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London Trip – part three

Atualizado: 21 de dez. de 2023

A day’s walk around London keeps you busy, as there are so many places of interest to see such as the Houses of Parliament, Big Ben, and the London Eye. However, another prestigious place worth visiting is Covent Garden.


The History of Covent Garden. The first historical record of Covent Garden dates back to 1200, when it consisted of fields. Owned by Westminster Abbey, the land where the Market Building and the Piazza (Royal Opera House) now stand was referred to as 'the garden of the Abbey and Convent', hence its name.


On route and feeling rather hungry, to come across Five Guys easy dining restaurant my ex-pupil had told me about; the best hamburger franchise he had ever eaten at, got me thinking. I could kill two birds with one stone. In other words, my objective was to arrive at Covent Garden, and I didn’t need an á la carte menu to satisfy my taste buds.


The authentic double patty and cheese hamburger in a soft tasty bap with salad was delicious. The chips (French fries) were succulent and peppery which suited my palate. Tomato ketchup and mayonnaise came in large reciprocals with pump action dispenser tops to spread easily whilst there were medium size containers for replenishment purposes.


Incidentally, the meal with a large bottle of water cost me just over £18.00 which in the heart of London for such a tasty meal seemed reasonable.


Soon afterwards, another 500 meters brought me to Covent Garden. In the main arcade which has an open floor plan to see the restaurants below and an entrance to Punch & Judy Pub in the corner. I could hear an opera singer from the distance. (see video)


There was a vibrant atmosphere and Christmassy sensation from the large red balls and gold painted bells on the transparent dome shaped ceiling. Fortune was on my side, as when filming inside Covent Garden arcade I managed to catch some of the opera singer who was singing without a microphone. Fortunately, his voice carried very well which encouraged me to go and see him.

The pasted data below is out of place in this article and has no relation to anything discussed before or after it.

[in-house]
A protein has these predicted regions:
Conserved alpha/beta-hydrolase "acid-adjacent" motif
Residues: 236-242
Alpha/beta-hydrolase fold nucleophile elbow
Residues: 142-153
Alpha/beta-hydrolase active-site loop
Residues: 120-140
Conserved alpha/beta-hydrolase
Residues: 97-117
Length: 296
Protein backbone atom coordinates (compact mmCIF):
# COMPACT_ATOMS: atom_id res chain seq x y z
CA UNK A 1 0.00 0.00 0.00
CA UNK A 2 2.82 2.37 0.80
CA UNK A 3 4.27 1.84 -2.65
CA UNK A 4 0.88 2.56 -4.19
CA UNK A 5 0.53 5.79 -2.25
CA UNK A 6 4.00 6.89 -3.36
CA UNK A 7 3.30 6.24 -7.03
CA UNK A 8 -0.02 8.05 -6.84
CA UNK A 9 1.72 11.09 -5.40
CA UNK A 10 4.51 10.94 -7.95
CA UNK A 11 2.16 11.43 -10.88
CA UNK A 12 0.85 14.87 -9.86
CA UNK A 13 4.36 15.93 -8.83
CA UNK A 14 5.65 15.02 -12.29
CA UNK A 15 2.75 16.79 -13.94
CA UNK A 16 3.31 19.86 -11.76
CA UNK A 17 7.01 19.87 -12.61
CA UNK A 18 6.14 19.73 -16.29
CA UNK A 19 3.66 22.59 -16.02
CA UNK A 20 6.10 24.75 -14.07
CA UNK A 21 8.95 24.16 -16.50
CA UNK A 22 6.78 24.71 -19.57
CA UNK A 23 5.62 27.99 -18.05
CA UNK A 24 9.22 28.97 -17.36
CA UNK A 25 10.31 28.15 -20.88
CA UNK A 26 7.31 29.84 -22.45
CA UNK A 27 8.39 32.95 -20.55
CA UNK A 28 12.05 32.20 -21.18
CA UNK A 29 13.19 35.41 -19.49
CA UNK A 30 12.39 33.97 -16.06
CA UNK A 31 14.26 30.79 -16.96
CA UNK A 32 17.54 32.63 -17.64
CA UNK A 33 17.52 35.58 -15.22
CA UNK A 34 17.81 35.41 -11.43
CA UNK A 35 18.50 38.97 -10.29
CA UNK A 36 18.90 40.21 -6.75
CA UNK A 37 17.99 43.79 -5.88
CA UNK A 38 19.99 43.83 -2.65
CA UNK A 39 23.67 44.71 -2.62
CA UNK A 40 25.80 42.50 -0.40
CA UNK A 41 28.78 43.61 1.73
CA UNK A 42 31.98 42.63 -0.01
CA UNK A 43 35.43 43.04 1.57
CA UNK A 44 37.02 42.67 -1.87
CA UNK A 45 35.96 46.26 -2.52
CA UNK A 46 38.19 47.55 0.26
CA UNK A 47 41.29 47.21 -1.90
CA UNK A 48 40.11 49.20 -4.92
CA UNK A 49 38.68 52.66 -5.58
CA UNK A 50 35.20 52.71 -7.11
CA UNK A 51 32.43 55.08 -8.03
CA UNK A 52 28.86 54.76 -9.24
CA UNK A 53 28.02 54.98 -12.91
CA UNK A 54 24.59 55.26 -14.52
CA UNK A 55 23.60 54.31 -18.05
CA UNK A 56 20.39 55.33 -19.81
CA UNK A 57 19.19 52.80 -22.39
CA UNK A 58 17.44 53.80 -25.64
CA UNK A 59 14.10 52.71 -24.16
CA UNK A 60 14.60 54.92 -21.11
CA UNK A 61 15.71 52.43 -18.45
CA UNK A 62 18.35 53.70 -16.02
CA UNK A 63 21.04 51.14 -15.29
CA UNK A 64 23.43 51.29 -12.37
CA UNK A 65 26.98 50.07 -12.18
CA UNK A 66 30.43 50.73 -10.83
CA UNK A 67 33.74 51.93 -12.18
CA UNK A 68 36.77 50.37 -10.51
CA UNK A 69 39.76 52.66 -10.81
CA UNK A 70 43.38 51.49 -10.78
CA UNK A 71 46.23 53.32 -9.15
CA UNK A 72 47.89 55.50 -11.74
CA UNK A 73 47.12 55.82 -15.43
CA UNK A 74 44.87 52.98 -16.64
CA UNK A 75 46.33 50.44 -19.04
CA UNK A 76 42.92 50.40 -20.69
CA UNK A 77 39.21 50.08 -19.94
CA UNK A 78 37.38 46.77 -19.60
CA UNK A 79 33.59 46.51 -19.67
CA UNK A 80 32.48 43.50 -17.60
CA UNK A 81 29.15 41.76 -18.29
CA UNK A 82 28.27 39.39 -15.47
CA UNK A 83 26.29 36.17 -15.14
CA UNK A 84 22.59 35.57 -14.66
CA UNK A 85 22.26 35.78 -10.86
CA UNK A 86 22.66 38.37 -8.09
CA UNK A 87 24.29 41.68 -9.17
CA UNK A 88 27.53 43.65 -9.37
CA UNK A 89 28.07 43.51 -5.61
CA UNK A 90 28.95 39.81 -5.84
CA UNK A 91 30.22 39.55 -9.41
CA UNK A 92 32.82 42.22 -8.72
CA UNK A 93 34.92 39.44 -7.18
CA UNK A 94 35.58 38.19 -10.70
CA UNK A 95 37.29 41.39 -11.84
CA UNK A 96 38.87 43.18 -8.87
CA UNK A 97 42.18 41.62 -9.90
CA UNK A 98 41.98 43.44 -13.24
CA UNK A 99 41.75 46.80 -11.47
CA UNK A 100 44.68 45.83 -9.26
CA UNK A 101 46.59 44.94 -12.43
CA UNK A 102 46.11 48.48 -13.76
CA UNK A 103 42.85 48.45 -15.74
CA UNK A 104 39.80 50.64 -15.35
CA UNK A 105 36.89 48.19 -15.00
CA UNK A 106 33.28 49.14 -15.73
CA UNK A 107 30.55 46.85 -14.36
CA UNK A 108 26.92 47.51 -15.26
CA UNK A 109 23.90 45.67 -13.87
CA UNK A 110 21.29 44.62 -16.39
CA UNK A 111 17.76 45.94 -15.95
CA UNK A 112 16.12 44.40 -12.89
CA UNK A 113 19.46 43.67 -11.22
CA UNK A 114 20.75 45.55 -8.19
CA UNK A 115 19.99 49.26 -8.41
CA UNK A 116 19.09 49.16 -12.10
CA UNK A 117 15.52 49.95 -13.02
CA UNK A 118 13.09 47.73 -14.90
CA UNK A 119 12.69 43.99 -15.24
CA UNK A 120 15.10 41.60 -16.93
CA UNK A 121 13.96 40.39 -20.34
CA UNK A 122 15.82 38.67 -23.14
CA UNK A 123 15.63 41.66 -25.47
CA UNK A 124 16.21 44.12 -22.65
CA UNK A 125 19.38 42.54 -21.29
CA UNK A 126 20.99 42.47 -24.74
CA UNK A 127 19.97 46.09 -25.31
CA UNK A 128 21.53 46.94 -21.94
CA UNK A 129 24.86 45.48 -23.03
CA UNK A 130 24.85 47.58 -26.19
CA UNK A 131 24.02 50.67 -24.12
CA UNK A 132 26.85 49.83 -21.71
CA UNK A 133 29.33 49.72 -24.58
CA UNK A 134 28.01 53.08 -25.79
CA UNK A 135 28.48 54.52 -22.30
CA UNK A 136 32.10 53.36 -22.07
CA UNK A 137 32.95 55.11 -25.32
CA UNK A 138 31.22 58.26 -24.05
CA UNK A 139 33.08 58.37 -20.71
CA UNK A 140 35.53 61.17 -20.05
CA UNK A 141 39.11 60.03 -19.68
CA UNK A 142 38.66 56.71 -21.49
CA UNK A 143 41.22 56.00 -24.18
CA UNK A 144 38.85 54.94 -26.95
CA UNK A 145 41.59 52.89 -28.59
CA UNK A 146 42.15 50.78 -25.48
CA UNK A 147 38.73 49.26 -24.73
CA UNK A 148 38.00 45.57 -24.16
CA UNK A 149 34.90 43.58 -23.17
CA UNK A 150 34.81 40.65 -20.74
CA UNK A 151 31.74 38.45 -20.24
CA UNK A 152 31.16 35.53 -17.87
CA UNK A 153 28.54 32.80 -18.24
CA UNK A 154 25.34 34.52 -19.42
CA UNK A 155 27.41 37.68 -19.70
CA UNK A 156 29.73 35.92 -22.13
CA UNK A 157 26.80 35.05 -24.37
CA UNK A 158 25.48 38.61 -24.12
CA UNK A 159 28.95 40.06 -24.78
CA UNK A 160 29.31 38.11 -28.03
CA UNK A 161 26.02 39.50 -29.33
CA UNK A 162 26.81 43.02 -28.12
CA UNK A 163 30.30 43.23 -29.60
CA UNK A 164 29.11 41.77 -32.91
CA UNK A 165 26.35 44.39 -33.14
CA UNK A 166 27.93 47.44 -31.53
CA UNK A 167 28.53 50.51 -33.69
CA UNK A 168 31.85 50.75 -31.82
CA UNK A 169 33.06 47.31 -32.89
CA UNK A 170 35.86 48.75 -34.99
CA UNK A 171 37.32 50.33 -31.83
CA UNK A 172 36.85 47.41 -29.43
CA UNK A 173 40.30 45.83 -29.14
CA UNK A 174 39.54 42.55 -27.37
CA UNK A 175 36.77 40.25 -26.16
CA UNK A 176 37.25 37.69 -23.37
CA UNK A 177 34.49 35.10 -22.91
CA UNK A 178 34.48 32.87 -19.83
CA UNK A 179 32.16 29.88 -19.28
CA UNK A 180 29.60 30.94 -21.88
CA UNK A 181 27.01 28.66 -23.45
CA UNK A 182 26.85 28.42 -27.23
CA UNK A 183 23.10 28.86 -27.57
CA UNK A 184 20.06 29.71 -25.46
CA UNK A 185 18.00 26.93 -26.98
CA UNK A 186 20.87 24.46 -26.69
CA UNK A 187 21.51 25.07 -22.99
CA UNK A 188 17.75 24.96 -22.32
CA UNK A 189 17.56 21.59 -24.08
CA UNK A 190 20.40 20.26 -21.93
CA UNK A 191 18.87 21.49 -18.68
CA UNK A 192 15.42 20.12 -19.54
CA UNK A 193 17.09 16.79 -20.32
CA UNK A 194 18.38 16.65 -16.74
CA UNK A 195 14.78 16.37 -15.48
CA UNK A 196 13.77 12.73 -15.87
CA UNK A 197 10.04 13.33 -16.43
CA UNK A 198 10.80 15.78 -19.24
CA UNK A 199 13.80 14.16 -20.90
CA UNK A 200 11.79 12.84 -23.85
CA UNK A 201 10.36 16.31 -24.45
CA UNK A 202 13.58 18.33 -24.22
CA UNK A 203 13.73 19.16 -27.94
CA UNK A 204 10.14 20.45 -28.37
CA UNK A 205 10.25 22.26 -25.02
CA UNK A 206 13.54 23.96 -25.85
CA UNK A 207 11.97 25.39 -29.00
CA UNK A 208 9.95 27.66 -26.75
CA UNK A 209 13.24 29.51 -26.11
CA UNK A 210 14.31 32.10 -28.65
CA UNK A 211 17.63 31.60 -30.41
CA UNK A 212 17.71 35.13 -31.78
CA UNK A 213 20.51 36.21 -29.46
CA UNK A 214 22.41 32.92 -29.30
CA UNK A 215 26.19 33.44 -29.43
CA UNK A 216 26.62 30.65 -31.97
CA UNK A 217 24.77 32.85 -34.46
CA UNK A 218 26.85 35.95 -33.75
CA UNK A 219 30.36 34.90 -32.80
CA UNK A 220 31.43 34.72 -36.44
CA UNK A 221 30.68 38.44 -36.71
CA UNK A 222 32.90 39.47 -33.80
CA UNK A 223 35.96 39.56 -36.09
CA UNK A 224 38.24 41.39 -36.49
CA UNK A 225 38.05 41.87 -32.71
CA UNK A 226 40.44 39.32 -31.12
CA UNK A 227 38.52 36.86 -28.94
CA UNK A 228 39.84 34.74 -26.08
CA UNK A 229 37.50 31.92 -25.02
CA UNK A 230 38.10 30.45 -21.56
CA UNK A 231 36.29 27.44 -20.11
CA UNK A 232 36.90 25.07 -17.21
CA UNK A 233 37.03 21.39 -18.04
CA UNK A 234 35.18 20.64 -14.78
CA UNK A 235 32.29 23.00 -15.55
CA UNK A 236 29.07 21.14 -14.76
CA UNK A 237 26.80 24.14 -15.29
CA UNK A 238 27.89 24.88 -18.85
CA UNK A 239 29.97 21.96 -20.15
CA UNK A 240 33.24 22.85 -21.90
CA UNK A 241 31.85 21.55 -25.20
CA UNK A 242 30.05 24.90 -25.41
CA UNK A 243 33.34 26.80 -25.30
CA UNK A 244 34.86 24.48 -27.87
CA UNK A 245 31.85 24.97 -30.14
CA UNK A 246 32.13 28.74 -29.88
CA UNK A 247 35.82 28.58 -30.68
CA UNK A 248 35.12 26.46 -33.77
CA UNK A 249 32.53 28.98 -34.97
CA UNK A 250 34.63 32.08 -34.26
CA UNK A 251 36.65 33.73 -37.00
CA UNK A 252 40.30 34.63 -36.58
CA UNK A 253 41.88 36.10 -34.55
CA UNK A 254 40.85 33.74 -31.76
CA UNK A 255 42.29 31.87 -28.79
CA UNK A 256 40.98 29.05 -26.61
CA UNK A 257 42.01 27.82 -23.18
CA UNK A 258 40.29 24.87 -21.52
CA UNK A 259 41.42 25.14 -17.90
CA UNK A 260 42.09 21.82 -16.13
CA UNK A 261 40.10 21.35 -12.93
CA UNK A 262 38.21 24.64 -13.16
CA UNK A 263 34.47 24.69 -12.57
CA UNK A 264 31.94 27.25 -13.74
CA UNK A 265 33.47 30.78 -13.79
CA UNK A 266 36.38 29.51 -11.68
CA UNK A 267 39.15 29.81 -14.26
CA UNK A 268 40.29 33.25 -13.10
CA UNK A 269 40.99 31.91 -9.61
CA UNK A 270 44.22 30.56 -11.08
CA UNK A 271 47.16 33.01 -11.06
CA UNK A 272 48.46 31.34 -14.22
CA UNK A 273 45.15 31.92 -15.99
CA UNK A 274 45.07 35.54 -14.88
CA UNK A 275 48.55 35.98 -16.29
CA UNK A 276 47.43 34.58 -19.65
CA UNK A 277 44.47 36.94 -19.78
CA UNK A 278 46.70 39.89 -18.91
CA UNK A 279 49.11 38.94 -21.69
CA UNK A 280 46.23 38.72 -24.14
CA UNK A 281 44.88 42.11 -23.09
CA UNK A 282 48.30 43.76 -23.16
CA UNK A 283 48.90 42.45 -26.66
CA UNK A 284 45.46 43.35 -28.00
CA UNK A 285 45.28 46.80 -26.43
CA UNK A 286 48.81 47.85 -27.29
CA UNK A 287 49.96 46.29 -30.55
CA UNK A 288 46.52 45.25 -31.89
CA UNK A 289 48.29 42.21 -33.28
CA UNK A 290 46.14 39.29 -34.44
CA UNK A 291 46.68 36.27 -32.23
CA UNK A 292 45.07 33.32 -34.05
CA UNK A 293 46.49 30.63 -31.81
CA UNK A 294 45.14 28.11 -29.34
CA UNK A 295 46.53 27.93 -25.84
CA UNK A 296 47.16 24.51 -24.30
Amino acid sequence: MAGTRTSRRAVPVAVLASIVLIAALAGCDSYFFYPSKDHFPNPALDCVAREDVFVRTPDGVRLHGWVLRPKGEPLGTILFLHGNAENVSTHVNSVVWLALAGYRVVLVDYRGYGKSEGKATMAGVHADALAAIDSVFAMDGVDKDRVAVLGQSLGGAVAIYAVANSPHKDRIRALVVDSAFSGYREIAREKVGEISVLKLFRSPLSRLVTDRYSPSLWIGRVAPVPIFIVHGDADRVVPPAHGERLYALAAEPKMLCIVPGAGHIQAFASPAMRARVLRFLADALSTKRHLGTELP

Listeners clearly appreciated his words, as one tourist asked me if he was singing from a specific opera piece. To be honest, I hadn’t got a clue; opera wasn’t one of my fortes. Exiting the arcade area some minutes later and walking around to the side of the building towards the Covent Garden tube station; 15 minutes later I ended up in Piccadilly Circus.  


All in all, my day in London had been eventful. It had cured nostalgia while playing an important part of my trip to England. In tomorrow’s part four, I’ll mention my return walk to Victoria station, and present some of the residential areas seen.


Take care!

Prof. Carl Boniface

 

Vocabulary builder:

Kill two birds with one stone (idiom) = simply means solving two tasks at the same time or with one single action. Meant because on my transition to Covent Garden I ate without going to another location, or needing to arrive and then look for a restaurant i.e., saving time and effort, and ultimately being limited to having to eat in an inexpensive restaurant.  

Convent (n) = nunnery, monastery, abbey, religious foundation, religious community

Succulent (adj) = juicy, moist, tender, delicious, tasty, mouthwatering, (ant) dry

Palate (n) = the top part of the inside of your mounth. A person's palate is also the ability to taste and judge good food and drink: I let my palate dictate what I eat.

Reciprocals (adj) = mutual, give-and-take, joint, shared, common, communal

Dispenser (n) = distributer, distributor, machine, point, slot machine, vending machine

Replenishment (n) = replacement, refill, renewal, top up

Christmassy (adj) = characteristic of or suitable for Christmas. "The band were dressed in festive red to complete the Christmassy feel."

Nostalgia (n) = homesickness, reminiscence, wistfulness, longing, melancholy

 

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